“Get behind me, Leon.”
“Behind me, now.” The Prince obeyed immediately, staring at what was going on, not comprehending. Now the King turned his attention to the men, “Do what you must Arthran, but you will not find me yielding.”
“Clearly we misjudged you, you are less blind than we first believed.” Arthran smiled, bracing his own blade. “Though I am surprised that you have not had me killed before now if you knew. Please, sate my curiosity, tell me how you knew.”
The point of the King’s greatsword swerved slightly as he surveyed Arthran. “I did not truly know until today. I saw you and Dellan from my window. When Dellan came first, I knew he had not the wit to caretake any elaborate plot, so you could not be far behind, you were the only other with the ability. But tell me now, for the love you once bore me. My son’s life near the forest today and his friend...” he did not need to ask the question.
Arthran sighed as he spoke. “The girl... it was an undesirable thing, yet necessary all the same.” He shifted his gaze to the shuttered window. “But there are more ways than one to achieve an end. Now, if you will, open your shutter.” The King hesitated. But slowly, he shuffled toward it, his hand stretched out, half blocking his view, half preparing to push. He reached for the shutter, pushed lightly, then gaped.
Instantly the room was alive with sound, washing over them. The Prince shivered.
The darkening sky hummed with the song of steel, piercing notes that were almost beautiful in a way that sparked them sinister. And the King could see it all. Over where the Craftsman’s square stood, where once thick smoke drifted from the bakers, the smelters and the smith’s, now all the building belched their acrid stench into the blackness that the clouds had become. And the clear, undulating flow of ravenous fire gorged upon wood, thatch and even brick. It deathly trail tainted the sky as the colour of blood.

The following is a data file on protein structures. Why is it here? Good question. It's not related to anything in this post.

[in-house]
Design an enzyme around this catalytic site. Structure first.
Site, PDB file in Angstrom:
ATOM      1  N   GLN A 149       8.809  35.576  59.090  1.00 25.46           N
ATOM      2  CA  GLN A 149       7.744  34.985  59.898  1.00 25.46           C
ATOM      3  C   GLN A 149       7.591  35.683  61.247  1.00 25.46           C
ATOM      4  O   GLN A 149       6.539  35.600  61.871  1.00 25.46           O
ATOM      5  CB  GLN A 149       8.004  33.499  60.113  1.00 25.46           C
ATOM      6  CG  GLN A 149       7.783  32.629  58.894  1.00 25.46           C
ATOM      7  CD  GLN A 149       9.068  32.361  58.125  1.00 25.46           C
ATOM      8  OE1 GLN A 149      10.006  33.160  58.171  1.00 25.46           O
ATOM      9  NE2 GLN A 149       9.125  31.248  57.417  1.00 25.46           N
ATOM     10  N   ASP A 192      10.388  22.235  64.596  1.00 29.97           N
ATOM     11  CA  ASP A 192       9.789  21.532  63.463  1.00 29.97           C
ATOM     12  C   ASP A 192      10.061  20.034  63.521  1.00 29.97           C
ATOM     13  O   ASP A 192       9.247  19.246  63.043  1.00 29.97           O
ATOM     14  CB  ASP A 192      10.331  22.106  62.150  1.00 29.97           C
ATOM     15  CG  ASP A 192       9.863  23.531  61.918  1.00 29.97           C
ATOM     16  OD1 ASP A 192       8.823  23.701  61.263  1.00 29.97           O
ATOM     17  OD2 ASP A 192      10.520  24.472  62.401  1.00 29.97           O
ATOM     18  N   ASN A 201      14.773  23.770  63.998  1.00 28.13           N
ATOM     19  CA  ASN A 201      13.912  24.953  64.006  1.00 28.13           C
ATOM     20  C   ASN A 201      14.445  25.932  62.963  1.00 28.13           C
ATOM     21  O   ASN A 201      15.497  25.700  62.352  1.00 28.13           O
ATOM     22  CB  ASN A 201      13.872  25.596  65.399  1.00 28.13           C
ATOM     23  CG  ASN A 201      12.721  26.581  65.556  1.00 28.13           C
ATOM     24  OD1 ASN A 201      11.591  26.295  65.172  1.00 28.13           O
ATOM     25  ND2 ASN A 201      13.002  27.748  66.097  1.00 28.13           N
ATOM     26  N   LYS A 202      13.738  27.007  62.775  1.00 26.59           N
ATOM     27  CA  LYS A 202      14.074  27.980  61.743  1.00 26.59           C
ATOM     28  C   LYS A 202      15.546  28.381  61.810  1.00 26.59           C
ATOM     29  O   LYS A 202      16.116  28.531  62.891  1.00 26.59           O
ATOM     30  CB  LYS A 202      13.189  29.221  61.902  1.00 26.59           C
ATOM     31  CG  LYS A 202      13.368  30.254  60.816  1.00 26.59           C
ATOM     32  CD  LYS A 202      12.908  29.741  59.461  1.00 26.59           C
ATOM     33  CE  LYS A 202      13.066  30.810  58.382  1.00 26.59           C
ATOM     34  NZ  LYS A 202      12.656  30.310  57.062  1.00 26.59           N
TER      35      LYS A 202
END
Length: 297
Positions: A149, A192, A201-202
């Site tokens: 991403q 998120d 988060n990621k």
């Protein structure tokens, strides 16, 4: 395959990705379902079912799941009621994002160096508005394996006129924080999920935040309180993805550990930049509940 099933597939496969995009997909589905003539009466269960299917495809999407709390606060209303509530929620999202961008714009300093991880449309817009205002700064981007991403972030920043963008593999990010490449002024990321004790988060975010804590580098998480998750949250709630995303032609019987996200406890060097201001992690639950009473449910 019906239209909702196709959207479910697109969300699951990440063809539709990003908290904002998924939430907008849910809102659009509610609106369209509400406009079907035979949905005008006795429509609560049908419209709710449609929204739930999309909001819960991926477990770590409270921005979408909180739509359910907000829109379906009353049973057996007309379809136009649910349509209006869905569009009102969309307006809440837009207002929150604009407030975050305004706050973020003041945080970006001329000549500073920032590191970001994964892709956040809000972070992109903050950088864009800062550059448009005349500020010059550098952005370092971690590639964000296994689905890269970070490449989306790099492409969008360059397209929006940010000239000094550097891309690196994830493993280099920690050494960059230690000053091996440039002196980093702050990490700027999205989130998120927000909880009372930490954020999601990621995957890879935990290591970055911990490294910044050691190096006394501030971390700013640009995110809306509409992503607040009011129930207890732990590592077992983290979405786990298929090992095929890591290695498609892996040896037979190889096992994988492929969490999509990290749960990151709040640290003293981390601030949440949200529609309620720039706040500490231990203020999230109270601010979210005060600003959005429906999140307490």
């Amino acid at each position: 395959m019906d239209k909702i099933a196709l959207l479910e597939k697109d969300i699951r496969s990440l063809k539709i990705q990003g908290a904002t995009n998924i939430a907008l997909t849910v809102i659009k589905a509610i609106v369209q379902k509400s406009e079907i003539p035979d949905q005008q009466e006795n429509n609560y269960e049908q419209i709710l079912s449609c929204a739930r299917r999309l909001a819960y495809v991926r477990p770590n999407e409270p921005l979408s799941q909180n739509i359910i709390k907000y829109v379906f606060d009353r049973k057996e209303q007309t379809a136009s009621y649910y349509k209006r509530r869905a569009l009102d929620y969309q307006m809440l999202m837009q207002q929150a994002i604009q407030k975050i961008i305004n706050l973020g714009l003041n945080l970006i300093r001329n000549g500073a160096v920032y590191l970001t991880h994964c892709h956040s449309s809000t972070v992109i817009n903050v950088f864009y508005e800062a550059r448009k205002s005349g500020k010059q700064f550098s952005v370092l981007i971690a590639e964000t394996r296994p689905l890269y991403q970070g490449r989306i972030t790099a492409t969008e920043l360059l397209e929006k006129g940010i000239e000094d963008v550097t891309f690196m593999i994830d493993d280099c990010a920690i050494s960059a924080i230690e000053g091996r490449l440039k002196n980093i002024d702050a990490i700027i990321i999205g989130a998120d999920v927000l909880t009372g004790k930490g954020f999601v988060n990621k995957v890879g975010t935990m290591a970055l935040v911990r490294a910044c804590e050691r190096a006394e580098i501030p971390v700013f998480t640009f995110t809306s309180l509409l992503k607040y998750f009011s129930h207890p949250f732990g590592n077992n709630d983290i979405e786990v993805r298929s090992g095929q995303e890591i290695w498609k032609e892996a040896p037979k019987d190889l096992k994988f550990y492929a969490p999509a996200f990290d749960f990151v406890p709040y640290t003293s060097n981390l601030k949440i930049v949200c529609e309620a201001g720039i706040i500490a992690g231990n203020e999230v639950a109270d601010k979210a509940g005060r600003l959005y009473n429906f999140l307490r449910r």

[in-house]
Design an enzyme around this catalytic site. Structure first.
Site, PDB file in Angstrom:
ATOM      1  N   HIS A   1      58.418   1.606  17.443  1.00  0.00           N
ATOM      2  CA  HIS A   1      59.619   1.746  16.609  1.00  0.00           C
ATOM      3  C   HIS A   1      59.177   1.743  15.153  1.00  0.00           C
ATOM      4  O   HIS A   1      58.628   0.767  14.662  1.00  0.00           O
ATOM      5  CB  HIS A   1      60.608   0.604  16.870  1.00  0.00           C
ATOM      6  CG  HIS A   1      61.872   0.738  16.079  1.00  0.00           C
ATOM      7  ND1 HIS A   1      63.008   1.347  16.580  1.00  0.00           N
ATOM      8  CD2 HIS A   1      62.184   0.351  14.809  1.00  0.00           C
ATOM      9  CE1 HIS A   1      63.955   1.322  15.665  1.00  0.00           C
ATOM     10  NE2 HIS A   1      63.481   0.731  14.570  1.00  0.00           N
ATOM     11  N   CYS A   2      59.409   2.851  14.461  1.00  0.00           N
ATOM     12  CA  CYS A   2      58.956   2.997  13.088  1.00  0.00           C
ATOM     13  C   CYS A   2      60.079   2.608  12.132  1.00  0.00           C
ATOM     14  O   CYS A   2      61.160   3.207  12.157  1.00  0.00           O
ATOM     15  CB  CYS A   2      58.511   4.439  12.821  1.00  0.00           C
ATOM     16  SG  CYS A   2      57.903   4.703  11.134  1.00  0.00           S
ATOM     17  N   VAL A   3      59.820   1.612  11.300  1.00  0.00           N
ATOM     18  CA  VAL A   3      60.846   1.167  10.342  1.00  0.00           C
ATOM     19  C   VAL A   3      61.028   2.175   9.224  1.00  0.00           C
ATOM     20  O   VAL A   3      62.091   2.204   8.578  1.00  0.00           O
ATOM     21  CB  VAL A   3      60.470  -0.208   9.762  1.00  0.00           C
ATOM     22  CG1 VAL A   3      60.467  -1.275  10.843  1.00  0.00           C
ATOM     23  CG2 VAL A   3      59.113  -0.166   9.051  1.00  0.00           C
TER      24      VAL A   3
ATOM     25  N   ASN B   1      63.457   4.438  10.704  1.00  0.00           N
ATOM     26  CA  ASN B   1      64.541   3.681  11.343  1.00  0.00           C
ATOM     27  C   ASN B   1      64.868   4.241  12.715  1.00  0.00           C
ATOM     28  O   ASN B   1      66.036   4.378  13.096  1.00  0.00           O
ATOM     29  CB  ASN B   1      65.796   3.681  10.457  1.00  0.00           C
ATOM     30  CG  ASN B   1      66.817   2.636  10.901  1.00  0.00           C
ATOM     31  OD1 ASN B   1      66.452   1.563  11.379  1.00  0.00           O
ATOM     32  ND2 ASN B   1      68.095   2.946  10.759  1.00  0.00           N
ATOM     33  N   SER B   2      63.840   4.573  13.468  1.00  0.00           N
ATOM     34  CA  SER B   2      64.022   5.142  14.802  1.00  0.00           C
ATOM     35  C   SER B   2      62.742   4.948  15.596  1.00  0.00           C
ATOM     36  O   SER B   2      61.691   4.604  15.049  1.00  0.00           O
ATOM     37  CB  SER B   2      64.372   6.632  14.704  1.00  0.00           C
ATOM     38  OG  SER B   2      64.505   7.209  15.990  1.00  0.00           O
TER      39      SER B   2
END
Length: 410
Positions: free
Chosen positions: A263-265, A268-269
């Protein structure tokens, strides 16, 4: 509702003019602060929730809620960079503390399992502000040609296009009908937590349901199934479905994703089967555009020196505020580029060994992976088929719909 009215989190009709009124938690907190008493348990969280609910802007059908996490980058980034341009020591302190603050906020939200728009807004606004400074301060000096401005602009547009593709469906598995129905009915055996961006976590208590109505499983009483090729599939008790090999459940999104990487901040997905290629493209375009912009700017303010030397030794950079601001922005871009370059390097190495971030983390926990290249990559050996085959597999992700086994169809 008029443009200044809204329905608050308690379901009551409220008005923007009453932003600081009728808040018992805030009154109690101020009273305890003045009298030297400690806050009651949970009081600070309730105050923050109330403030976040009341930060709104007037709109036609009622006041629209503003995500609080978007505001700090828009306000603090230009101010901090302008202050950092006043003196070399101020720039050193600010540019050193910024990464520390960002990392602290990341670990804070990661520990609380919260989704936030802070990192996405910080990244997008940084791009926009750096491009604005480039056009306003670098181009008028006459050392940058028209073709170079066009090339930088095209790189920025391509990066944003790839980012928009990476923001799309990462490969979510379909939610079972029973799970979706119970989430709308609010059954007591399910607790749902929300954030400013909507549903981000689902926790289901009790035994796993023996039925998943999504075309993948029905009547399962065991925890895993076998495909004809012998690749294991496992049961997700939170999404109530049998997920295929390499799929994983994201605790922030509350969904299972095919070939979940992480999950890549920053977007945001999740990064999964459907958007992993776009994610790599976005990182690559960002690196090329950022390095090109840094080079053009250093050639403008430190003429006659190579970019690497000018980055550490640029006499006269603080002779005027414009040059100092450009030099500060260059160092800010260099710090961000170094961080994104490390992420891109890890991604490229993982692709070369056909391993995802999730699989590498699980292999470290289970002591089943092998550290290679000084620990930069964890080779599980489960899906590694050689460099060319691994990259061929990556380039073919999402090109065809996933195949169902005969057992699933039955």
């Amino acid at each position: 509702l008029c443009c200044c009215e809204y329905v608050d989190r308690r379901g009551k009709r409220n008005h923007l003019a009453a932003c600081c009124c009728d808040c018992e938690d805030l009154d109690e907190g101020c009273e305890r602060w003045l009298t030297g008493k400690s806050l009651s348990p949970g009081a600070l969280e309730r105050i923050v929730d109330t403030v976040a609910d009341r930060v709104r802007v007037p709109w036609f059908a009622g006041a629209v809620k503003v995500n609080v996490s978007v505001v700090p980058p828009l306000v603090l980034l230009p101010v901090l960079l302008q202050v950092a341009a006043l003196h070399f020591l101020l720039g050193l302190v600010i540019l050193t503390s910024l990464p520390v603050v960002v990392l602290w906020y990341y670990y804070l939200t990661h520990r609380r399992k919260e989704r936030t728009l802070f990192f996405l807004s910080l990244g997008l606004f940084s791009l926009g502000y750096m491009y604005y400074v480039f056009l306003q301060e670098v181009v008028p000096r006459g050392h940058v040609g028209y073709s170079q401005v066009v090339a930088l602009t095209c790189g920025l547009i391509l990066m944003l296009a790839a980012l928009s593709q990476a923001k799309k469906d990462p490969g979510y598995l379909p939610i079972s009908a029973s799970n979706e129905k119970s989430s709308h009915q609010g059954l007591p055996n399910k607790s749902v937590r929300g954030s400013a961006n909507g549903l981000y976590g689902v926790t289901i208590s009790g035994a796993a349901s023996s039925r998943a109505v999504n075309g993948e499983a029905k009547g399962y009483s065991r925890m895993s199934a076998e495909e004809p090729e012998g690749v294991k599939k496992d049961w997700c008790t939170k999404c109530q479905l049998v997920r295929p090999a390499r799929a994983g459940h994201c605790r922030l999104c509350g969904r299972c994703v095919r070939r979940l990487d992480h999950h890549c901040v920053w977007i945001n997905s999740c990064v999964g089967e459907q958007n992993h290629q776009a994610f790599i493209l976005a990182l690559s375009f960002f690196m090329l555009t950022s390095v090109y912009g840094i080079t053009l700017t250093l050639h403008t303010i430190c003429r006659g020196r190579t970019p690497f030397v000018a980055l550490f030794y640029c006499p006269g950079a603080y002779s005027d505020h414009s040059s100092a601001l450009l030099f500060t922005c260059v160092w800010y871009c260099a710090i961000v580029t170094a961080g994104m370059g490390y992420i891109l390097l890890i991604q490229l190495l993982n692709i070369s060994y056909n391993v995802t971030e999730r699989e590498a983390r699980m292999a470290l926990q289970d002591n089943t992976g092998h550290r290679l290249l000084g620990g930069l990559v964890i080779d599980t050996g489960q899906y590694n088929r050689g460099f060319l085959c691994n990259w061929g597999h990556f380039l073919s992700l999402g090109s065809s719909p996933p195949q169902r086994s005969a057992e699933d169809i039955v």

This corruption was spreading as a surge of soldiers crashed upon the residential districts between the crafter’s and the palace, in finely made, shimmering steel.
“How could I let this happen?”
“The reign of Old Victum is ending. When this city burns, when it feasts itself on flame and fades to no more than embers, the new Fort Victory will rise, steadfast and glorious. It has no cause for weak Kings. The people will speak for themselves, govern themselves.”
A third guard suddenly appeared behind Arthran and whispered in his ear.
“Submit yourself,” he ordered, when the guard had finished. “To the punishment owed by your crimes, Your Majesty. Age has already begun taking you and I would rather your blood were not spilled this day.”
“But it will,” the King turned back around, the corners of his mouth pulled down. “If not today. I will be your first trial. And what a first it would be for your new age. What better way to secure this golden age than with the blood of a King at the fore of your justice hall.” He readied his sword and Arthran motioned his three guards to move forward. “Age may indeed become me, but it has not finished me yet. Even now, when I have not played at swords for so long, I can still take you whelps.”
“Dellan!” the King shouted, “what are you doing?”